Software-Based Claims Attack Strategies

Under Italian laws, hiring a software-house to produce an industrial application may expose a non-IT savvy company to civil and criminal action filed by the software-house itself and/or by the other software-house that has been called to replace the one the initially did the job. This is the consequence of a lazy attitude towards a properly written agreement and a deep ignorance of the intricacies of the software development’s world.

Here is a fairly usual scenario: a tiles manufacturer needs a software to control the temperature of the ovens used to finally release the products. It asks a software house to write the application, securing in the agreement that “all the intellectual/industrial property belongs to the company”. By doing this the company feels on the safe side and believes to be shielded by no matter what problem.


The agreement didn’t clarify the exact way the IP must be transferred, so the software-house delivers the software on a LICENSING basis and not as a full-ownership transfer. Once the agreement has been signed, the company doesn’t read the following papers at all and thus, de facto, the agreement has been amended (possibly) unbeknownst to the company’s legal department.

Let’s say, now, that the business relationship with the software house breaks and the company finds another partner, giving him access to the source code made by the previous developer. The company sees no problem in doing so since believes to “own” the software so the new developer just start working on the code.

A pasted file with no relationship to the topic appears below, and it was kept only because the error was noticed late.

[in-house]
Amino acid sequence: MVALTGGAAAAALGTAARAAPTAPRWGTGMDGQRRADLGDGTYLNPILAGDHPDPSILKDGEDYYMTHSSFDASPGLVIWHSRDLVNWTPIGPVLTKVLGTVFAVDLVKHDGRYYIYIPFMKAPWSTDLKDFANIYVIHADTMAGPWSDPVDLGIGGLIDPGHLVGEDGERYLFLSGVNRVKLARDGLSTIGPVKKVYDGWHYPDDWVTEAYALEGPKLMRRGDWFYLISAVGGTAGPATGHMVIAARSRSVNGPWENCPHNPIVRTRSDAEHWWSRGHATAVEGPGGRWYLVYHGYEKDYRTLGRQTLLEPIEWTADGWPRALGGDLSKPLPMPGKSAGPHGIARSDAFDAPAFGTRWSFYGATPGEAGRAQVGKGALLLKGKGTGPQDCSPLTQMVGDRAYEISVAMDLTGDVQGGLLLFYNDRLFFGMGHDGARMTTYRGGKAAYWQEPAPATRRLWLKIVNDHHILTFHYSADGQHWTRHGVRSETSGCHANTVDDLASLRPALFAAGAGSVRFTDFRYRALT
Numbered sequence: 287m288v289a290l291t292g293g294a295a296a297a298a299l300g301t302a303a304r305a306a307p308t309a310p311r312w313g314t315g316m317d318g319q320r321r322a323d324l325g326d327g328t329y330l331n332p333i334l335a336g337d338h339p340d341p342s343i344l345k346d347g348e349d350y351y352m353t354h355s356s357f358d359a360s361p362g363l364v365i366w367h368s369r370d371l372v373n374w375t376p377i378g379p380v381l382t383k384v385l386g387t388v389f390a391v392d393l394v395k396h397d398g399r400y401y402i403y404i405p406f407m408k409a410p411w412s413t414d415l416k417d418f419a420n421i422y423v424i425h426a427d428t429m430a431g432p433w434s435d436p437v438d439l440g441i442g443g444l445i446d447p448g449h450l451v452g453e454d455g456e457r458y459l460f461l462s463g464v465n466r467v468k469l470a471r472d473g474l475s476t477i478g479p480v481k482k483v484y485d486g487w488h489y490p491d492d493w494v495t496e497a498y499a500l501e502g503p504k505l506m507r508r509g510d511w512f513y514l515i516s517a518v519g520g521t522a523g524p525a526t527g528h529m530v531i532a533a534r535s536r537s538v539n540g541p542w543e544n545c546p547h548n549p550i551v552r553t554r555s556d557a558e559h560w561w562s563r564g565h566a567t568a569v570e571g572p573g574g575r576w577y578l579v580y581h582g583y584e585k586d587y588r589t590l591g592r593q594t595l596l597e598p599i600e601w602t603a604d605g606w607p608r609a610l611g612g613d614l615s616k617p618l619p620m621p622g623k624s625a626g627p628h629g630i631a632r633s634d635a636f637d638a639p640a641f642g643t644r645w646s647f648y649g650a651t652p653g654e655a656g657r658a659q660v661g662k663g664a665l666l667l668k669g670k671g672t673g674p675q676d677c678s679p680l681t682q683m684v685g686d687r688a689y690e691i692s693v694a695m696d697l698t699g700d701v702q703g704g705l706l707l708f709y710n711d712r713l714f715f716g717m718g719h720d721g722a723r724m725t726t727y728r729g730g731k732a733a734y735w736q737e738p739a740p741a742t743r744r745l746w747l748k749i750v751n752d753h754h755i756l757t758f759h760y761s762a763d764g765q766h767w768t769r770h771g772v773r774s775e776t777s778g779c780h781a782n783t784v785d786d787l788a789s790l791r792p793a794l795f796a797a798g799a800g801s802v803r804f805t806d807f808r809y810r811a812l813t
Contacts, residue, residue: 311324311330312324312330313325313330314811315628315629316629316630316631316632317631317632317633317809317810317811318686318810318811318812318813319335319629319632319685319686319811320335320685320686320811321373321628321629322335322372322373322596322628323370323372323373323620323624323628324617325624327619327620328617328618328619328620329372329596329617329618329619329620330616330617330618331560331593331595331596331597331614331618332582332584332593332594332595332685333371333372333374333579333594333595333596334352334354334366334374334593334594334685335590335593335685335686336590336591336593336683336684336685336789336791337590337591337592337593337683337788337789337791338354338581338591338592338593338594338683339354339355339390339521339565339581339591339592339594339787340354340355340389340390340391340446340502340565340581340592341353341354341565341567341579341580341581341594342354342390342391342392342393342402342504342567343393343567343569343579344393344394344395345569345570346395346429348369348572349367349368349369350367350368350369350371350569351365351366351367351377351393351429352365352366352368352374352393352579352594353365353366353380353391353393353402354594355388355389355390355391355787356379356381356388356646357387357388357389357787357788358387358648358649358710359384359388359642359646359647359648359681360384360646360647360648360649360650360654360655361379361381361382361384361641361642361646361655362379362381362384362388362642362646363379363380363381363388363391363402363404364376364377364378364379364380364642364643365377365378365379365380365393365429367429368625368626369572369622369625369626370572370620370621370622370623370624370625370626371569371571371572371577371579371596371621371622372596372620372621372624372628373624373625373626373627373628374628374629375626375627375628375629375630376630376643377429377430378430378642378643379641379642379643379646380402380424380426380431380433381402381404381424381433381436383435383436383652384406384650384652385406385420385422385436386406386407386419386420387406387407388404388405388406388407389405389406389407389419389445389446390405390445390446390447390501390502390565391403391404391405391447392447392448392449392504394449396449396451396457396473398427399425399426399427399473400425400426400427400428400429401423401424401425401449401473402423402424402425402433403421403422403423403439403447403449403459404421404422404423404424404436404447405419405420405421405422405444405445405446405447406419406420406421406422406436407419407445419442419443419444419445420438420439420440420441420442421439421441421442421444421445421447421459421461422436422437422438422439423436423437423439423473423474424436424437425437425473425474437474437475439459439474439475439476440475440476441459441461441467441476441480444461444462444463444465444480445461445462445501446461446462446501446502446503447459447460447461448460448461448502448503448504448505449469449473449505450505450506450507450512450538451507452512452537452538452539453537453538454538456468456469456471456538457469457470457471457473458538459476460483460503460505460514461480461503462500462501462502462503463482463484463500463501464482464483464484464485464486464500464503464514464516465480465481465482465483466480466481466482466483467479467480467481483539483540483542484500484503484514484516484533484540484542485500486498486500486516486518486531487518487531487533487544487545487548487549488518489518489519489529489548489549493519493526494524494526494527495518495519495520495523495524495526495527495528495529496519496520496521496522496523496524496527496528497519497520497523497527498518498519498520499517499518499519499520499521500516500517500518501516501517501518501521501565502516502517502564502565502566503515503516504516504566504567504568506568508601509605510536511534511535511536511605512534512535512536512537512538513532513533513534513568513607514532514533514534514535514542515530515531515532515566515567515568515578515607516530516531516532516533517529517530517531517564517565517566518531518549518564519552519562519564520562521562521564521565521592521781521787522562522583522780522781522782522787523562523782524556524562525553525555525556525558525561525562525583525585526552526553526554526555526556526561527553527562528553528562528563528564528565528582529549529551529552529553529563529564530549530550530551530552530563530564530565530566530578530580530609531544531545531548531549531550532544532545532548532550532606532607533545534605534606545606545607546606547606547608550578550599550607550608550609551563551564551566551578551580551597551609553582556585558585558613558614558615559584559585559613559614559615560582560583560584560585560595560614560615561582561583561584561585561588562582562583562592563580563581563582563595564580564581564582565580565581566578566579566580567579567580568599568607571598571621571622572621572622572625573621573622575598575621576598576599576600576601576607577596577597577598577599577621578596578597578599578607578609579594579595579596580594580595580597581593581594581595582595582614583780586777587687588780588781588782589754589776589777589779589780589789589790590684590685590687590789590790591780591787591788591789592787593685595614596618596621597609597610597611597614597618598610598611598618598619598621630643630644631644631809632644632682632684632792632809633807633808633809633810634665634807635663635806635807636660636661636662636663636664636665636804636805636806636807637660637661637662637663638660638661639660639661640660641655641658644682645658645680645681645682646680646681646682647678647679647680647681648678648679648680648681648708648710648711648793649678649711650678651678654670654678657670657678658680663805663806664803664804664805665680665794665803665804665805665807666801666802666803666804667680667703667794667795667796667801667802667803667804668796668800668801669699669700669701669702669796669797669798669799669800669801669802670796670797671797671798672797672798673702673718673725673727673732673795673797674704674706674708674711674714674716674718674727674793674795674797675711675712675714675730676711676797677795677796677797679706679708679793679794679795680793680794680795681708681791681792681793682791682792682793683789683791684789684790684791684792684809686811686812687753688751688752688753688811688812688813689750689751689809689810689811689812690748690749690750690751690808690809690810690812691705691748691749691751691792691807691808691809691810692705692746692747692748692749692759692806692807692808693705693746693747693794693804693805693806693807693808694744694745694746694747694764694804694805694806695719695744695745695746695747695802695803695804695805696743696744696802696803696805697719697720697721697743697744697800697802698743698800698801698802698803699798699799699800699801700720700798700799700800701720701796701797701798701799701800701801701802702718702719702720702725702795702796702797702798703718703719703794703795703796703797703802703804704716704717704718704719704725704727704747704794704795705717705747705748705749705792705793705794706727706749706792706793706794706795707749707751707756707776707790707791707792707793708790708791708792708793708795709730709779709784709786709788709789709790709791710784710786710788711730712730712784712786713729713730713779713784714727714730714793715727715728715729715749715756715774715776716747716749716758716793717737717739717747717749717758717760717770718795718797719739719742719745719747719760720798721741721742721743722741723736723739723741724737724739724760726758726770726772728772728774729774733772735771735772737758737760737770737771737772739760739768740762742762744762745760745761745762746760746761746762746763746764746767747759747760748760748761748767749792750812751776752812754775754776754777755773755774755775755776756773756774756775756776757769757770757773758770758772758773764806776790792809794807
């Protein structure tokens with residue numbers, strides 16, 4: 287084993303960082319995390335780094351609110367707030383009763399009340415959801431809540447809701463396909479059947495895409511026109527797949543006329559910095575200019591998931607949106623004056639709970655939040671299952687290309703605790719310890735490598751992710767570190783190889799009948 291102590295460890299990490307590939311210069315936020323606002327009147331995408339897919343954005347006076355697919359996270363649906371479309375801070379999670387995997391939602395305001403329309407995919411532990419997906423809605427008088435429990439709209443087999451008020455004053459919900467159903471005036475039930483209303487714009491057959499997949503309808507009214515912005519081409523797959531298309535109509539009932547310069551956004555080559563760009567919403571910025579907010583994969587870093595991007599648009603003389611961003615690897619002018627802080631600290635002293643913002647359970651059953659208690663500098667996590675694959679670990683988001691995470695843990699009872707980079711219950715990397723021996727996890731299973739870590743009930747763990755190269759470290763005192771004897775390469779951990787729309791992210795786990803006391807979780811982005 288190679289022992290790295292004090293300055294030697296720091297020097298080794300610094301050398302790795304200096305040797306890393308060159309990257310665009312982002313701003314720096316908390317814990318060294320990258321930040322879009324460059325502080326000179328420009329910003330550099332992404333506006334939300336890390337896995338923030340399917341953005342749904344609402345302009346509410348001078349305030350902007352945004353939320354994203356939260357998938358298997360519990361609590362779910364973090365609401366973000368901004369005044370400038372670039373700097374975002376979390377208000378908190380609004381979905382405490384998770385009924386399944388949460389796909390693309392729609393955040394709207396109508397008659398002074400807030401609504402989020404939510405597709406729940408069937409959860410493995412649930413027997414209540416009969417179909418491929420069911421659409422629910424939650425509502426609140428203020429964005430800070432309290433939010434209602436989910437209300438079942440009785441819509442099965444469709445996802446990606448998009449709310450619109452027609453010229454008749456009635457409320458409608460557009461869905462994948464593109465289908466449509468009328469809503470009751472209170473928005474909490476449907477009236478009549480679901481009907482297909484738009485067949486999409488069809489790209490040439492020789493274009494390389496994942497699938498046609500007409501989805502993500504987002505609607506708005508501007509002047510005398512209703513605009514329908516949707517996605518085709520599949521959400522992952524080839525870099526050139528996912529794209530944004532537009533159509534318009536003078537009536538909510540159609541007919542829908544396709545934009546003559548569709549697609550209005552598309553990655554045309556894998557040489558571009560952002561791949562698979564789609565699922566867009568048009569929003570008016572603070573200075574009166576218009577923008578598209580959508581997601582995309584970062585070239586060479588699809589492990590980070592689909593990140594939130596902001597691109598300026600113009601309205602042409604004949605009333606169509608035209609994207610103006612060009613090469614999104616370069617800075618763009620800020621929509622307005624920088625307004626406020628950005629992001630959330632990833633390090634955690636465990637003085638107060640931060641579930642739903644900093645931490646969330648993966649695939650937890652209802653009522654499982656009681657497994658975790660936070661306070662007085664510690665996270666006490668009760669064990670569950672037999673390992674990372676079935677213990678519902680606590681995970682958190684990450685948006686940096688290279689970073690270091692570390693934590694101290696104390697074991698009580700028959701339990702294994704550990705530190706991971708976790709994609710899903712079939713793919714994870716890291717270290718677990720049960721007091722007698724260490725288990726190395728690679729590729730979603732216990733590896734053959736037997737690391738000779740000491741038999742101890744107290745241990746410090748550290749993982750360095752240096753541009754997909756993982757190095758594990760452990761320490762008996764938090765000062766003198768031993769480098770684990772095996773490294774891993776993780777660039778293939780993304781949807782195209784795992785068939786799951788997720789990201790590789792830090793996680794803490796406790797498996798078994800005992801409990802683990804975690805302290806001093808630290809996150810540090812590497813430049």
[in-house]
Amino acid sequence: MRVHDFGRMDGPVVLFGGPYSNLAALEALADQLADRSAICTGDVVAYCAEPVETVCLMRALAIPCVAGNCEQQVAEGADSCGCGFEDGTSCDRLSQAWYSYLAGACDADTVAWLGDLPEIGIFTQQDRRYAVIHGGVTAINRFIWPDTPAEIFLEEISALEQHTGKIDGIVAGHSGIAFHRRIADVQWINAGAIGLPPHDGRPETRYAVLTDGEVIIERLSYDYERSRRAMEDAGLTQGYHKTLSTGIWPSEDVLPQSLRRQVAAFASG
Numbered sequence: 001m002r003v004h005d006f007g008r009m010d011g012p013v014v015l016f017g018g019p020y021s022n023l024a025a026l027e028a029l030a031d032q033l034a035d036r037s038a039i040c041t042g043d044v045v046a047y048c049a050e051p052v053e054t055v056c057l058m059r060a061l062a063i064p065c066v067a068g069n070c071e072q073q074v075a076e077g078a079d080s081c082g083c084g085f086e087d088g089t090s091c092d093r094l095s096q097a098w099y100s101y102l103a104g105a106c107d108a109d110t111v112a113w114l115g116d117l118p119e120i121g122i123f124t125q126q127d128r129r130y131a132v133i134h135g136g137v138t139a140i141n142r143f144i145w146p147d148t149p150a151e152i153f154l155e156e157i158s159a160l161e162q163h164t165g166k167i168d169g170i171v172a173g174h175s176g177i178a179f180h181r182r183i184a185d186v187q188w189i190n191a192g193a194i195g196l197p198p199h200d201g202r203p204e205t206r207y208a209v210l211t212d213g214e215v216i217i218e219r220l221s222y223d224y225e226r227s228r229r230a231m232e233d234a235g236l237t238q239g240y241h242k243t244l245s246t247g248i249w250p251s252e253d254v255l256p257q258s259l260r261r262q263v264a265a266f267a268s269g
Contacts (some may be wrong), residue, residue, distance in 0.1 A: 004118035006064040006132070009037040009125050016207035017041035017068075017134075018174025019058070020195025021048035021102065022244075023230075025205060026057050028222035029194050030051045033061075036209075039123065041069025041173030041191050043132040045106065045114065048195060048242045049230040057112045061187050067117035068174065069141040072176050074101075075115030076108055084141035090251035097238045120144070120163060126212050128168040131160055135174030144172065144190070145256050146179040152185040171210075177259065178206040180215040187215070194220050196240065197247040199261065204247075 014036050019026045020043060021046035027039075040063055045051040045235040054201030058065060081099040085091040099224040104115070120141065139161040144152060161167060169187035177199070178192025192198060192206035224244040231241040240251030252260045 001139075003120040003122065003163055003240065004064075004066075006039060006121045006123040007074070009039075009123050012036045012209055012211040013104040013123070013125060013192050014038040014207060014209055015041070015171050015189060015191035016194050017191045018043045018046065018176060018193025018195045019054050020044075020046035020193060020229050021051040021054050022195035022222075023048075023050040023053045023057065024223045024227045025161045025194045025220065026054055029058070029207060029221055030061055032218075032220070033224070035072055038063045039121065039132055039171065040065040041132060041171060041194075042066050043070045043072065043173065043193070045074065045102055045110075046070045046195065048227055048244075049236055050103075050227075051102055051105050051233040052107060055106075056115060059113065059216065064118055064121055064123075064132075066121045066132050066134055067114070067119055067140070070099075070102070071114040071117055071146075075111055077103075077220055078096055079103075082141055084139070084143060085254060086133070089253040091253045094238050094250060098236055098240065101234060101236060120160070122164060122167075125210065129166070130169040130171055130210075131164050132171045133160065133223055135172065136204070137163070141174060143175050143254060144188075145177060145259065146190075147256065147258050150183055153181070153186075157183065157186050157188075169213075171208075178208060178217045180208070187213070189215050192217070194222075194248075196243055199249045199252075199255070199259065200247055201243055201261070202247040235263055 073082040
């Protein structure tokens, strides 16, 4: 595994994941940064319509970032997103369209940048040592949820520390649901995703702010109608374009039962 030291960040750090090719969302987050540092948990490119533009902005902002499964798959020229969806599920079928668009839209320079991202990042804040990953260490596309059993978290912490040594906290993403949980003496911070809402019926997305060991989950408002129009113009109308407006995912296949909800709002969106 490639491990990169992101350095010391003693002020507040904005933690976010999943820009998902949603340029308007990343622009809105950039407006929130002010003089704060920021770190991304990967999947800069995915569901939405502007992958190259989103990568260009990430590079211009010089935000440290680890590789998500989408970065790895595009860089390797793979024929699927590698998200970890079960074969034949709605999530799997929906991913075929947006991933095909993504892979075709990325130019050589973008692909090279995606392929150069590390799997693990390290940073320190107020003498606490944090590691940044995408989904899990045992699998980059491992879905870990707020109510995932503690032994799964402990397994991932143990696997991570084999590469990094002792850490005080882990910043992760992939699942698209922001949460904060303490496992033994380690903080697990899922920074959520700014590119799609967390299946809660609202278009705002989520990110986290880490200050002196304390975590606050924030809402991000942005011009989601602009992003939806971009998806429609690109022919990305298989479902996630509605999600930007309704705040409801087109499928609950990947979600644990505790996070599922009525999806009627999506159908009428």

The company failed to identify the code given by the original developer (for instance, by adding disclaimers or comments both in the source and the executable version) thus infringing the moral IP rights that, under Italian Copyright Act belong to the author and cannot be sold or otherwise transferred.

So the software’s author steps in claiming that the company has violated his rights because allowed a third party to access and use a LICENSED code. And when the company tries to blame the new developer he counter the move by accusing the company of infringement of the Criminal Corporate Liability Act (Legislative Decree 231/2001) because of the lack of prior identification of the supplied source code as being authored by a third party.

Lesson learned: under Italian Laws a proper software development agreement should at least contains:

– a precise identification of the source code that has been released, with a duty, on the software-house side, to mark and duly comment the software,

– a clear statement about the IP ownership transfer to the company,

– a clear exclusion of any further change or amendment including the impossibility of turning the agreement from a full-transfer into a license,

– a clear provision that, whatever the legal status of the software, the company is entitled to be given the source-code,

– a clear clause that grants the company, whatever the legal status of the software, the right to allow third parties to access and modify the source code.

Furthermore, since such kind of agreements – once signed – rarely come back on the legal department desks, it is fundamental to train the technical and financial department involved in the further steps, to carefully scrutinize papers and communications so to avoid any “mudding” of the original stipulation.

A final note: when a third party is hired to work on the software, it should be made it clear that the software, while owned by the company, still bears the original author’s moral right, with all the legal consequences.